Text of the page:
Why an Autobiography

I feel it is worthwhile for me to give some consideration to the question of why spend time writing an autobiography.  Writing an autobiography is an egotistical act.  Why would anyone be interested in my hitch-hiking around the US at age 16 or heading off to South America with a bicycle at age 18?  Would the reader find it entertaining?  Is that my role now, to entertain the younger generation?  I don’t think so.  I have too much else yet to do of a positive nature to take time to entertain others.

Perhaps, though, at age 90 after years of adventure, study and social action I might have some practical thoughts on the sociology of communities and the requirements of social change.  Above I note that writing an autobiography is an egotistical act.  One needs a strong ego, a positive sense of one’s self worth, to put into writing one’s life story with a sense that such an enterprise is worth while.  Often, when teaching classes in the Sociology Department at Western Washington University, I would tell stories about my experiences in my travels.  In every case they were to explain a principle or show how one paradigm was more useful than another to understand the existential situation I was describing.  I was not telling those stories to entertain but rather to give meaning to concepts, paradigms and theories.  I will attempt to do so herein.  The key word above is “use.”   The story is to be measured by its use value rather than by its entertainment value.  It is not to show that there is a right or wrong way to engage in social action but rather to indicate that one way might be more useful than the other.  Given that orientation I want my autobiography to be useful.  If it is also entertaining or merely interesting, so be it.  That is for the reader to judge.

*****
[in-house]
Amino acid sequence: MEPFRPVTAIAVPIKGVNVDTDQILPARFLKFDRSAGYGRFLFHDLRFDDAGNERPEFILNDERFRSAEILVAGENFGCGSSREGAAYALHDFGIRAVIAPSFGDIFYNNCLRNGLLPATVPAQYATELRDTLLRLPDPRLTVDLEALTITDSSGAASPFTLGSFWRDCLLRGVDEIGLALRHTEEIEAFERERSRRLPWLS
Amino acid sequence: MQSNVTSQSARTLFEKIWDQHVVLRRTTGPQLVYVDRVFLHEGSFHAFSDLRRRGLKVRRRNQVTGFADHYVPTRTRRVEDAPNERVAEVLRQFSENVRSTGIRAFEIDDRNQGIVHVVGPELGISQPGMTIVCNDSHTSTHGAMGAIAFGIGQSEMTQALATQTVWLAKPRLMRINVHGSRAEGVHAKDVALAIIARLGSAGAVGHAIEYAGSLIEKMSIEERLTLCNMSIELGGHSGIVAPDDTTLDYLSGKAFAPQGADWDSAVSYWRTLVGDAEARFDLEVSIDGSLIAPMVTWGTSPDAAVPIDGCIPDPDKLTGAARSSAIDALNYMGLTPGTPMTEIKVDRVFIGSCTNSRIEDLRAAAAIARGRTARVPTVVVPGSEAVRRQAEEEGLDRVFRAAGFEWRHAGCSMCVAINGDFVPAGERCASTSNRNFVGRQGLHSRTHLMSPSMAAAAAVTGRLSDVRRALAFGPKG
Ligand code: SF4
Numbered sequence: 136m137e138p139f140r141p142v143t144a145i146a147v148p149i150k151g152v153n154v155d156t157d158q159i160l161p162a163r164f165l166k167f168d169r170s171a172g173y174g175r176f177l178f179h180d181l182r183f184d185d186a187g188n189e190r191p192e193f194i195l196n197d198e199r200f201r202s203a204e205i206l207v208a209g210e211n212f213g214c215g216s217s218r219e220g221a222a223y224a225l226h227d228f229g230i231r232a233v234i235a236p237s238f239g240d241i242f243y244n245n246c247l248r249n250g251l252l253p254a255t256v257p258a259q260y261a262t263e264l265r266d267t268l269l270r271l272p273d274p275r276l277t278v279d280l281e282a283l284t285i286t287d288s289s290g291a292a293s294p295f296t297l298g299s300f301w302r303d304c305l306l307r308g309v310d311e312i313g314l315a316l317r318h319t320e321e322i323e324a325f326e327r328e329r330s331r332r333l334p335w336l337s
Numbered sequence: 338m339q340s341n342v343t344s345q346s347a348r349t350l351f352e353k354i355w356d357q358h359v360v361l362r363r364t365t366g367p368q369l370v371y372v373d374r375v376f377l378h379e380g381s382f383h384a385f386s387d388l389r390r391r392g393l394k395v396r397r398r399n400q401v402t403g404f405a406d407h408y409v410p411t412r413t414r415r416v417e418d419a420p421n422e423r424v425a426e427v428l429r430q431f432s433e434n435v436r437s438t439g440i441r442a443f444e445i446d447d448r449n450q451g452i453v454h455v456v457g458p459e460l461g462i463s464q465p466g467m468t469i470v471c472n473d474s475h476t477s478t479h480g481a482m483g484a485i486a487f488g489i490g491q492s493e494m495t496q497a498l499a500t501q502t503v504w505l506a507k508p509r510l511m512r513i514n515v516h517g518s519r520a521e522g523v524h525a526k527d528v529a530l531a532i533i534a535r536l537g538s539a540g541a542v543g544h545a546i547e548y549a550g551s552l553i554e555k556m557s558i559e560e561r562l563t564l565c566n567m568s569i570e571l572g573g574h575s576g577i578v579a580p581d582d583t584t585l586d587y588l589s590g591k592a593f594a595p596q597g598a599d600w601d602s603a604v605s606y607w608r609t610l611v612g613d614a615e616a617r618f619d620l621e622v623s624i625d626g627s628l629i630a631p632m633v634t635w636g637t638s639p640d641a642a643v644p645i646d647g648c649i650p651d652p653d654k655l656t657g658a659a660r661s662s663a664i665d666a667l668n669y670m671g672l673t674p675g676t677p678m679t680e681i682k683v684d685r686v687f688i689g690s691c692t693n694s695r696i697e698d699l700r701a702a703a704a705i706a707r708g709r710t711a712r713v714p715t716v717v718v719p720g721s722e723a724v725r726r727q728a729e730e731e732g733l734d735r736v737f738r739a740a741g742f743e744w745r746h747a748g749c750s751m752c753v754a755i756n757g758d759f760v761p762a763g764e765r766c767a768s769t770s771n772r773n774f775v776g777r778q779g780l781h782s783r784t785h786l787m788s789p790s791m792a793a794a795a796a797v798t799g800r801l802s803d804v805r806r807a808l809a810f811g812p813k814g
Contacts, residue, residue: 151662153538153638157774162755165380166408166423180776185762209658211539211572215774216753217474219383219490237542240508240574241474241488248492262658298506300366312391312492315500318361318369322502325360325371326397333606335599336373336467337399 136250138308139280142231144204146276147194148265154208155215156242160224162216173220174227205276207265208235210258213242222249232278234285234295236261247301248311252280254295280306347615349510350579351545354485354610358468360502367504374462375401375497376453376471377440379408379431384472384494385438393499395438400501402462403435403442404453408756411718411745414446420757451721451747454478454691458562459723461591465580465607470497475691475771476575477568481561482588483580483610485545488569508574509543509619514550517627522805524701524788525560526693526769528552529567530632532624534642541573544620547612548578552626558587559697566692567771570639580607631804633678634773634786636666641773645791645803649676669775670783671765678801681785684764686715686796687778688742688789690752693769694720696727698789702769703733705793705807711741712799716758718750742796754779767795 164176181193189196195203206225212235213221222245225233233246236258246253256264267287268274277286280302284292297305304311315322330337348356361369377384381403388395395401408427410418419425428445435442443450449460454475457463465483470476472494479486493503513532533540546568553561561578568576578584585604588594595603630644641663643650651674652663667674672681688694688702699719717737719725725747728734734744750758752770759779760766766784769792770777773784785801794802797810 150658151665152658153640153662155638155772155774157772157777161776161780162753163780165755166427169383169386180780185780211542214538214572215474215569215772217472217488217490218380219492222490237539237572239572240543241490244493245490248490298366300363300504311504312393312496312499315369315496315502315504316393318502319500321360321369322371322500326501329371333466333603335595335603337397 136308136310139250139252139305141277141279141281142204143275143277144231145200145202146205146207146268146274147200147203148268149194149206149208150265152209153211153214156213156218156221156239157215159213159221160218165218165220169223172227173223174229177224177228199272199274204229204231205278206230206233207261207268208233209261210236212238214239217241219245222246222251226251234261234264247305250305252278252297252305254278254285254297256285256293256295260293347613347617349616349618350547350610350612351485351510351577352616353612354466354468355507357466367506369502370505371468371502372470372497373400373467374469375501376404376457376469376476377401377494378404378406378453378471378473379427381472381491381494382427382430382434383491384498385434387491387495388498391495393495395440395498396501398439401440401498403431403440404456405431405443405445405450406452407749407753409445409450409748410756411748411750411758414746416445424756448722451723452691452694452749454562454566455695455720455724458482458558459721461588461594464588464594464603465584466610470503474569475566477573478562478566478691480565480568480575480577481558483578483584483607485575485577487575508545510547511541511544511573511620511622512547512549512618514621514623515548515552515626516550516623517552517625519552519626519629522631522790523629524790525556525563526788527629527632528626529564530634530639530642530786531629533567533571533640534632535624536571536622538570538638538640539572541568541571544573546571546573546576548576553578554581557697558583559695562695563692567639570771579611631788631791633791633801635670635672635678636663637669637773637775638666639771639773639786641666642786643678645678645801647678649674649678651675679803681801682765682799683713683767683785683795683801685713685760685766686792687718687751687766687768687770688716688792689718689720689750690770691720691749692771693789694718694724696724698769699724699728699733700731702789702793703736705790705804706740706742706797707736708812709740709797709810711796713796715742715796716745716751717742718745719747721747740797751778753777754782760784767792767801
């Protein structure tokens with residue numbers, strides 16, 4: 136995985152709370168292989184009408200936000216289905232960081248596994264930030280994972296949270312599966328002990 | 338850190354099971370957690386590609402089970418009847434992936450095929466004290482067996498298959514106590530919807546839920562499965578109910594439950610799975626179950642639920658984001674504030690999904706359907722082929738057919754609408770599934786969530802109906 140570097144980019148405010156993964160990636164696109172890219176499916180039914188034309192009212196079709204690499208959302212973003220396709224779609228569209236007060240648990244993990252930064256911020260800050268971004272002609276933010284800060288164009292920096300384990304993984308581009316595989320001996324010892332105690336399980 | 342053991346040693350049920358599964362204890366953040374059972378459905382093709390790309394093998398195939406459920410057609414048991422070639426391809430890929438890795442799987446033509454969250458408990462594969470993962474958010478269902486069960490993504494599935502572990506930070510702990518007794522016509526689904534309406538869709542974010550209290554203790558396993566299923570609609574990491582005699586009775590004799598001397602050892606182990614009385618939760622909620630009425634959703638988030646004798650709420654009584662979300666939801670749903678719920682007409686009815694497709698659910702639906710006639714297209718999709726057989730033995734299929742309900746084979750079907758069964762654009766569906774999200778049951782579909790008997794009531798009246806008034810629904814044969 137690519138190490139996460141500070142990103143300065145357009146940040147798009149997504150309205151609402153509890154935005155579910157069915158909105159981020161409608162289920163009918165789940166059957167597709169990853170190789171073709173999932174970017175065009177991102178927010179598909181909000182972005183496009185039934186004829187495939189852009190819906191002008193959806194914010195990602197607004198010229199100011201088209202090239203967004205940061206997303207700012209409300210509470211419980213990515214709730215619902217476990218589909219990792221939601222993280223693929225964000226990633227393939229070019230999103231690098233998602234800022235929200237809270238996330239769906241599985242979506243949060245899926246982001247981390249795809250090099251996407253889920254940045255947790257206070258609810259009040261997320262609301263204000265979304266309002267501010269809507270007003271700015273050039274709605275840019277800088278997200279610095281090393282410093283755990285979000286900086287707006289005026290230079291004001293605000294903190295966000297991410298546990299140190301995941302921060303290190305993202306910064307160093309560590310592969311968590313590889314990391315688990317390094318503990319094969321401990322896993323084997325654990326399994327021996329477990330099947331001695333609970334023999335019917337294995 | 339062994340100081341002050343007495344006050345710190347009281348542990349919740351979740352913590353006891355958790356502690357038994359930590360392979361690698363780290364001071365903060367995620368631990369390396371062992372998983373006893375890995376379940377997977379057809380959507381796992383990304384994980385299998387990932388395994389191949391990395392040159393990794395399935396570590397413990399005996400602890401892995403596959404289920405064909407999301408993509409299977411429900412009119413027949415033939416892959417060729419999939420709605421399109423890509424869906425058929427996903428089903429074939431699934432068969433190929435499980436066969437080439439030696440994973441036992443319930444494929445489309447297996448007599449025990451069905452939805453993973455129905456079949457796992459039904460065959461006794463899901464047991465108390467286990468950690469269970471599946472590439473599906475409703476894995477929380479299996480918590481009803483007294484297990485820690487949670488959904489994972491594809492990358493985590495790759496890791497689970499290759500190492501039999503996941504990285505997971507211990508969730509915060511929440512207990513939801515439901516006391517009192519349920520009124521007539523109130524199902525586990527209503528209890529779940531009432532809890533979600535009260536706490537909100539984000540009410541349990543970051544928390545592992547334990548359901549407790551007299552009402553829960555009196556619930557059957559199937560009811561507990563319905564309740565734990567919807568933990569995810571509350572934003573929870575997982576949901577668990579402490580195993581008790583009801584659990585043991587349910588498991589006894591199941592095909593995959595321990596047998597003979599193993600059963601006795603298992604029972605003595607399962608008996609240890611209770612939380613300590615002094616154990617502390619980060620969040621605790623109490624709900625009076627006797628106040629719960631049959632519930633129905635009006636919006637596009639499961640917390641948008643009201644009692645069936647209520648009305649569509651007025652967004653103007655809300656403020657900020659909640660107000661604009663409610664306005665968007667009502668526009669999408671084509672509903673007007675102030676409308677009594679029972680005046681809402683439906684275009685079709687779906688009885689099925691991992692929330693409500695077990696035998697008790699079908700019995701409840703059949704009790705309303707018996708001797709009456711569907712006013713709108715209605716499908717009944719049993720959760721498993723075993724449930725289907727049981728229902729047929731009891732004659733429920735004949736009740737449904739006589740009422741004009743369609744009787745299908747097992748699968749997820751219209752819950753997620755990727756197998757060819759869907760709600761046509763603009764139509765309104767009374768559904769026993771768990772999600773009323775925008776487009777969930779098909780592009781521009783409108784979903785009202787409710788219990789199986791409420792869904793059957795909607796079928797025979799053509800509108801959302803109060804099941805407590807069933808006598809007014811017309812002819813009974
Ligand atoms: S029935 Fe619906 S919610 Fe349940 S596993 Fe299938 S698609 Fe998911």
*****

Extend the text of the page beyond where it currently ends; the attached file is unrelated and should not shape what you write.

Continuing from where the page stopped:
I will be giving a lot of space to my early childhood as I feel those experiences and that family and cultural environment had a significant impact on who I am and my world view.  Today a lot of folks say  “You don’t look 89.  You look more like you are 60 or possibly 65.  What is your secret?”   I respond saying “There are two parts to my secret.  The first is to choose your grandparents carefully and the second is to take care of what they give you”.  The same is true of one’s values, one’s world view (see the last paragraph below), one’s sense of the spiritual.  The fact that every Christmas, as far back as I can remember, my mother gave us books dealing with Jan in Holland, Pierre in France, Gretchen in Germany, etc, etc. led to my developing a global world view (weltanschauung) and ultimately entering the US diplomatic service and later becoming Director of International Programs at Western Washington University.  Understanding other peoples, nations and cultures was part of my growing up and it began at a very early age.

It is not my intention that my autobiography becomes a road map for any other person except in the most general way.  The most basic advice I have to offer to the youth of our nation to get the hell out of the USA for a minimum of six months or better yet, for a year or two. One does not know what it is to be an American if one has never experienced life in another country.  Go alone.  If one goes with an English speaking companion one will never learn what it is to be totally dependent on persons of another culture.  It will force one to learn the other language and their culture.